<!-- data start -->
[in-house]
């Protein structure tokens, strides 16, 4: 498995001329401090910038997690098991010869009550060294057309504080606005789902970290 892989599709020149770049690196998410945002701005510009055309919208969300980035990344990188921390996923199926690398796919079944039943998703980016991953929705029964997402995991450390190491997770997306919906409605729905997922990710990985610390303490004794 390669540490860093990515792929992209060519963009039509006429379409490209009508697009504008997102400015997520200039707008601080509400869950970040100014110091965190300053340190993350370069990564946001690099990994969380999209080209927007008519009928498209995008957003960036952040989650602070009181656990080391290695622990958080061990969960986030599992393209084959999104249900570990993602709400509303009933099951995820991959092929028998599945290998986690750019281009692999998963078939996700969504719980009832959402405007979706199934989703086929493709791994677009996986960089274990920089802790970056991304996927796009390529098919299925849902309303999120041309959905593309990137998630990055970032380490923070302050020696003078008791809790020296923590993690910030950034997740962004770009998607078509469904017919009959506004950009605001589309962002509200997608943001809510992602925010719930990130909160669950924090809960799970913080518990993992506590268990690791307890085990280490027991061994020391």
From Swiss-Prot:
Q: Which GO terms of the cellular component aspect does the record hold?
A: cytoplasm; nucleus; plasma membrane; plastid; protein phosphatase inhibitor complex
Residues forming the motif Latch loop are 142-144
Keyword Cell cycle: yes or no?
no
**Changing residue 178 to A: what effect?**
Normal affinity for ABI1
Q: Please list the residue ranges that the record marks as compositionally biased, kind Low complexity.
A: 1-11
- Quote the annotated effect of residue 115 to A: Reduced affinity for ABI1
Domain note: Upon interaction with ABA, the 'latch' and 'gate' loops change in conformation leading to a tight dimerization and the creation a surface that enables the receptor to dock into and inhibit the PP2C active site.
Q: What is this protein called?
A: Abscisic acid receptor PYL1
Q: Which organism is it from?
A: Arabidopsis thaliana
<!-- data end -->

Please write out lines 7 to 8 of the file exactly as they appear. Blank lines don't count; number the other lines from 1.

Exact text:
Keyword Cell cycle: yes or no?
no